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Is Whole-Grain Brown Rice Good for a Gluten-Free Diet?

With the current emphasis on fiber and heart-healthy eating, whole-grain products such as brown rice are increasingly popular. Brown rice contains all three parts of the rice grain: the nutrient-rich germ center, the seed kernel called endosperm and the fiber-rich outer hull known as bran. Free from forms of gluten that trigger gluten sensitivity or an autoimmune disorder known as celiac disease, brown rice provides solid nutrition for people on a gluten-free diet.

The Basics

The term “gluten” refers to a number of plant storage proteins. The gliadin gluten in wheat, hordein from barley and secalin from rye all trigger gluten sensitivity and an autoimmune disorder known as celiac disease. Brown rice contains a form of gluten known as oryzenin, which does not trigger these responses, according to the Celiac Sprue Association.


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If you have celiac disease and eat a forbidden form of gluten, the resulting autoimmune response damages the villi, or small fingerlike projections inside your small intestine. Over time, the villi become less efficient at absorbing vital nutrients and you may become malnourished. However, the oryzenin form of gluten in rice does not cause this reaction and your villi should remain healthy. Parents who want their children to eat a gluten-free diet for autism can also serve brown rice without triggering any problems.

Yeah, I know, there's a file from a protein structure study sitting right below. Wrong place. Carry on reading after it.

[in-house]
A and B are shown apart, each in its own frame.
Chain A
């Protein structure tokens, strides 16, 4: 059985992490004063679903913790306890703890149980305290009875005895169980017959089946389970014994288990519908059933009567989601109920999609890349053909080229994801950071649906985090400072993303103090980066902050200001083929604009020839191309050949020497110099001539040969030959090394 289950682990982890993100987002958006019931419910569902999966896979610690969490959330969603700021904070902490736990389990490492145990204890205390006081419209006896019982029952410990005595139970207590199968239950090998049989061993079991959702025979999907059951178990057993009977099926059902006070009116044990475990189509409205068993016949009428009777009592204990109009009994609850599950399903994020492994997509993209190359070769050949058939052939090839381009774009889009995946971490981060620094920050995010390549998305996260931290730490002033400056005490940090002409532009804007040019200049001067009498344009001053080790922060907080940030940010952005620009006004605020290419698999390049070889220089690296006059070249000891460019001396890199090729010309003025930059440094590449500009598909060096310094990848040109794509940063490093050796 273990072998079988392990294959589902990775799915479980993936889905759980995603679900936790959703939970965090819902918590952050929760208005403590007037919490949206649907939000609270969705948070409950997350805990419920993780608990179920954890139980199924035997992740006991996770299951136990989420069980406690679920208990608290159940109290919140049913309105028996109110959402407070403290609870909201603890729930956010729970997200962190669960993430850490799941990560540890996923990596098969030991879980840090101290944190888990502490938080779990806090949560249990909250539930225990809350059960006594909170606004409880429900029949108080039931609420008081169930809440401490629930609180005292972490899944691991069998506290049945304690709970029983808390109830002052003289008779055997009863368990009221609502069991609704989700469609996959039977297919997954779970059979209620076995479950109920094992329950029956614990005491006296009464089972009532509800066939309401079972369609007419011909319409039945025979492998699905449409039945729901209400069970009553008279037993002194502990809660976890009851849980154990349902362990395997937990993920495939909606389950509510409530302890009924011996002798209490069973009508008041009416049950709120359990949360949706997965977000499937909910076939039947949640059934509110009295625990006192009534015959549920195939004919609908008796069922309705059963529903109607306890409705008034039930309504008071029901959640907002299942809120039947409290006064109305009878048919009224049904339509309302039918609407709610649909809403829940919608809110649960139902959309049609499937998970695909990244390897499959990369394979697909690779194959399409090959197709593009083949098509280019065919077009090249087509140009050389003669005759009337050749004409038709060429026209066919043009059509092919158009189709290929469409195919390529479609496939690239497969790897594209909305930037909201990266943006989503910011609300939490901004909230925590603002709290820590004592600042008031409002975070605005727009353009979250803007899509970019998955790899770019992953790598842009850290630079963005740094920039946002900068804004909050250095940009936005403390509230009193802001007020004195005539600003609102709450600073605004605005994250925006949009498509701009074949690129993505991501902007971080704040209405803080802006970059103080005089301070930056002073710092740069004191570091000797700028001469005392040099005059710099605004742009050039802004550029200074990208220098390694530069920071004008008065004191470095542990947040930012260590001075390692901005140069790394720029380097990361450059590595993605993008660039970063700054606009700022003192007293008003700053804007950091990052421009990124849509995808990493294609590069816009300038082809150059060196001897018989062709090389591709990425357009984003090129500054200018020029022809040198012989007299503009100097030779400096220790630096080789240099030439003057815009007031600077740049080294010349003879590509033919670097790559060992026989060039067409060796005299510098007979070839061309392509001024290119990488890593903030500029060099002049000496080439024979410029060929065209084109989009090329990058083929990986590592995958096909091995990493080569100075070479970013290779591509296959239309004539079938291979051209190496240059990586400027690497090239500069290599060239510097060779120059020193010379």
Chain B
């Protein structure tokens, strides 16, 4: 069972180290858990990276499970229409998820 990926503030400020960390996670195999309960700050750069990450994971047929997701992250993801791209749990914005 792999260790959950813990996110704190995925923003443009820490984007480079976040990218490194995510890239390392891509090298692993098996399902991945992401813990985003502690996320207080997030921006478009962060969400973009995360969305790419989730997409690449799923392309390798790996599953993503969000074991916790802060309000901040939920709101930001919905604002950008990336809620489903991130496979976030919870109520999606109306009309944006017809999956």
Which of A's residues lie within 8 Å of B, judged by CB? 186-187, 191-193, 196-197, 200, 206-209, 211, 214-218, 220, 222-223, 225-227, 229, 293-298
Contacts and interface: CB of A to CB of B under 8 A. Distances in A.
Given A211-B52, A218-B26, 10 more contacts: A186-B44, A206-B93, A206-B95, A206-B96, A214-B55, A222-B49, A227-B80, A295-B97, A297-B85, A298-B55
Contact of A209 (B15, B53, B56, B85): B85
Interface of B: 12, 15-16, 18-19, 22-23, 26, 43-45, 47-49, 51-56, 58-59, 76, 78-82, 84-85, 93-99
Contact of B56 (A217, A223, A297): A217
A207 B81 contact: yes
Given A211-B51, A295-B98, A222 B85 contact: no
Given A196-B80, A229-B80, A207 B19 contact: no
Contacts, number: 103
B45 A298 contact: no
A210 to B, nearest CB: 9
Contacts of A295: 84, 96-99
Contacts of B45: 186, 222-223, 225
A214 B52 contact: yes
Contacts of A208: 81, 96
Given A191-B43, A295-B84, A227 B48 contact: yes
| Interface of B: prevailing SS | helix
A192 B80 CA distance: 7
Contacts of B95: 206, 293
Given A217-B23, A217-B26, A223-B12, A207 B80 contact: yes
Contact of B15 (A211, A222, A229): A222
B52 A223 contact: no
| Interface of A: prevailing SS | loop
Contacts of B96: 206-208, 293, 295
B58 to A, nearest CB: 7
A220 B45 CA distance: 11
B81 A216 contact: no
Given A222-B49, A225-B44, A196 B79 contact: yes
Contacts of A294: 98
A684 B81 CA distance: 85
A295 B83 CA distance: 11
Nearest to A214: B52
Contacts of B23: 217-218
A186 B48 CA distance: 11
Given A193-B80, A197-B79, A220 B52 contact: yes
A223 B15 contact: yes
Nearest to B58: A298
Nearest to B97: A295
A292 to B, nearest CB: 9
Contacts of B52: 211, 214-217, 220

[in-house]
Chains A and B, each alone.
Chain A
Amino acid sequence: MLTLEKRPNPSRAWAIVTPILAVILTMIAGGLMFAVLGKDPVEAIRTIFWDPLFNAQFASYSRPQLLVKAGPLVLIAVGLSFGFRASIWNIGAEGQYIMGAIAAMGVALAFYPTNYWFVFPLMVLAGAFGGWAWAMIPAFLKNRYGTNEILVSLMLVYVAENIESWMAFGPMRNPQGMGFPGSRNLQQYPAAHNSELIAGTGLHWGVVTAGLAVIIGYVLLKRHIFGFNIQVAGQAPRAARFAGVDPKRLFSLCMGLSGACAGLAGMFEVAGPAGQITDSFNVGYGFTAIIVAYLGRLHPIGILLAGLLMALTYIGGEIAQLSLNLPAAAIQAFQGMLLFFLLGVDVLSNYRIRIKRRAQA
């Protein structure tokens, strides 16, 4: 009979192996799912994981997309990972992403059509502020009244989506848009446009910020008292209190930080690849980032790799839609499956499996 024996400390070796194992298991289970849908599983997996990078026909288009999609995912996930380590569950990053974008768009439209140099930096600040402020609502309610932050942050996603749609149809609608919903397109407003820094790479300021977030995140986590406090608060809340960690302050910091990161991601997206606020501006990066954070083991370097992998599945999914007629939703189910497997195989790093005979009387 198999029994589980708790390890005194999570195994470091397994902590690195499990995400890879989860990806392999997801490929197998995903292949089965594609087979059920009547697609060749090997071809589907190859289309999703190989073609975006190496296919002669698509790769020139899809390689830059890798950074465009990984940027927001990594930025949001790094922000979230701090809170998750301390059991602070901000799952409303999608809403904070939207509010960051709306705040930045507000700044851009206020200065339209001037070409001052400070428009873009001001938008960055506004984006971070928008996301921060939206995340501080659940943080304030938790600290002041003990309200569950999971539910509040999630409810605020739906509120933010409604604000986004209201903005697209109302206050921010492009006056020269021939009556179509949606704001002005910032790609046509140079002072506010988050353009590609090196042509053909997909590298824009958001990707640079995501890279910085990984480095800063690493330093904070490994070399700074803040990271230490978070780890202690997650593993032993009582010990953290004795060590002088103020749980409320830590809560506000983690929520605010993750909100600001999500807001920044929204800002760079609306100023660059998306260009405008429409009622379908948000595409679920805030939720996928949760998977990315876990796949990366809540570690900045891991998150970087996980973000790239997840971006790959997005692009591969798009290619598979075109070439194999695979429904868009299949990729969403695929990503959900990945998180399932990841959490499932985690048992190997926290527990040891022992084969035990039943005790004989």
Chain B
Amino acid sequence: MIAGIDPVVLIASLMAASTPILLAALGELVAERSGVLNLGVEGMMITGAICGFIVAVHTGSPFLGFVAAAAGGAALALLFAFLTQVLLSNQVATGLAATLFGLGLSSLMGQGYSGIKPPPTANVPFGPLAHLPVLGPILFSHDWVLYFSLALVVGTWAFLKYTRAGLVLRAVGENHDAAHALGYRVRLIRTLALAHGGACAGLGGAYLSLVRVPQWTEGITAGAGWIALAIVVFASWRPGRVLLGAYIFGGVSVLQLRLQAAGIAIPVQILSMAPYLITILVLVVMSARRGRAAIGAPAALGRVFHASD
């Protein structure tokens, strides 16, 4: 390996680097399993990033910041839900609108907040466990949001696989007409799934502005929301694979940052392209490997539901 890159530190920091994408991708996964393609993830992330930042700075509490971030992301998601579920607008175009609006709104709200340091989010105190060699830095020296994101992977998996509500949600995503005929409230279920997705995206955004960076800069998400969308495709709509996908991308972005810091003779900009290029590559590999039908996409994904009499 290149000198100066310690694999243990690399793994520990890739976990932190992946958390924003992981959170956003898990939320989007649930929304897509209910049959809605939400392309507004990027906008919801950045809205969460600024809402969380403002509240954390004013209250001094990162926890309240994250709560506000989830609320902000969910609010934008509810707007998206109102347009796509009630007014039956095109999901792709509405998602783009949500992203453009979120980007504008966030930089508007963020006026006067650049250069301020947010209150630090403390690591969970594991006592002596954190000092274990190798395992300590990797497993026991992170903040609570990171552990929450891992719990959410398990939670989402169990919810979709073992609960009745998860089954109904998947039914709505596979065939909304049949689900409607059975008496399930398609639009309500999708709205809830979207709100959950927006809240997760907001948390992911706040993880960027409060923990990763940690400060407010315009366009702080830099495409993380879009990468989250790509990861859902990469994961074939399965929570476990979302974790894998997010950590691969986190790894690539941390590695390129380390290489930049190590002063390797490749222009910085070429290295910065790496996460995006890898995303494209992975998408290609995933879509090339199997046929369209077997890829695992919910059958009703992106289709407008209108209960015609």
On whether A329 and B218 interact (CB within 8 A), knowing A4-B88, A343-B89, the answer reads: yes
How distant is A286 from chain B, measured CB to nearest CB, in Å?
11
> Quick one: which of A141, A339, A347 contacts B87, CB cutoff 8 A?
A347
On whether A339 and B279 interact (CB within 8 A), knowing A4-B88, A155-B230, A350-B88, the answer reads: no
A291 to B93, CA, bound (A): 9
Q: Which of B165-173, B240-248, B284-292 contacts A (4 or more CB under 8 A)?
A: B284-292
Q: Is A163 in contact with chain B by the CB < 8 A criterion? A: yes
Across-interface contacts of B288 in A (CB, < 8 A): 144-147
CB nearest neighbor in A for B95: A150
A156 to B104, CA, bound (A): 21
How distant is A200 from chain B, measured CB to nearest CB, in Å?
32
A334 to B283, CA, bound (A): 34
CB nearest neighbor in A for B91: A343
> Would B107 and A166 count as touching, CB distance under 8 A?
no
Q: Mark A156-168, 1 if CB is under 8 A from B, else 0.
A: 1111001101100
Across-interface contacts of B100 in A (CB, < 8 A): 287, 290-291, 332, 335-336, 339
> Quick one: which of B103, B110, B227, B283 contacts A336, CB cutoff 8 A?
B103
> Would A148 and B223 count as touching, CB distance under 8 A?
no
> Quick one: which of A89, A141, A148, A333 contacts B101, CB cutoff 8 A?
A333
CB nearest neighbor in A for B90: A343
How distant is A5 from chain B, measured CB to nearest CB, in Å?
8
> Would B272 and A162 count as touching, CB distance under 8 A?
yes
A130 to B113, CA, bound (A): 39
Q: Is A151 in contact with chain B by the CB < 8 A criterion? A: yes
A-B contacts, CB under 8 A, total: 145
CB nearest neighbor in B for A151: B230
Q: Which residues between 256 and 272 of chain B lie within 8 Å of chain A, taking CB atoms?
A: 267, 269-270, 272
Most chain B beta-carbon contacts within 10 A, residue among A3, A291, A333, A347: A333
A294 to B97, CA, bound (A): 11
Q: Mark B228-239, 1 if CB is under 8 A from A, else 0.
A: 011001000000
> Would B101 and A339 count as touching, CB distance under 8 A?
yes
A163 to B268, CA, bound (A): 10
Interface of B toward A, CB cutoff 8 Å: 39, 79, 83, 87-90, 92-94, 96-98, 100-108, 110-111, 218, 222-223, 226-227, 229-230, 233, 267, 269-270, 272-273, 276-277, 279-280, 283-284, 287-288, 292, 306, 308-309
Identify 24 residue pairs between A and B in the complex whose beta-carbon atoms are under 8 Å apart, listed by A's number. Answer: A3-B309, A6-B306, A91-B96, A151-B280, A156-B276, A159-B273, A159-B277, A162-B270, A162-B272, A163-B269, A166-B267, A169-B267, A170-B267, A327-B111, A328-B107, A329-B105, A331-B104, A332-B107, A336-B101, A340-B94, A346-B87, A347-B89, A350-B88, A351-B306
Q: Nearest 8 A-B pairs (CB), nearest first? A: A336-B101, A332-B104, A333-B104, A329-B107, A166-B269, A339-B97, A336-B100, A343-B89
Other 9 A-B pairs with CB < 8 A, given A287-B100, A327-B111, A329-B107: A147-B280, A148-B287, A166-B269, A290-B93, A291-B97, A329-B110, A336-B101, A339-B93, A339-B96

Nutritional Benefits

Brown rice has almost 1.8 grams of fiber and 2.3 grams of heart-healthy plant protein in a half-cup serving. It’s also loaded with a variety of minerals and vitamins, including folate and an array of B vitamins. The Linus Pauling Institute lists brown rice as a whole-grain foods, which means that it helps lower your cholesterol and reduces your risk factors for coronary heart disease. These nutritional qualities make brown rice a good choice for individuals on a gluten-free diet.


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While brown rice is naturally gluten-free, it can become contaminated with gluten during the manufacturing process. Read the nutrition facts label carefully when purchasing a new brand of brown rice, or contact the manufacturer directly to ensure the product is totally gluten-free. Once you bring the brown rice home, store it in a separate location from gluten-laden foods, including flours made from wheat, barley or rye. Some condiments used to season brown rice, such as soy sauce, may contain gluten, so it’s important to choose gluten-free brands.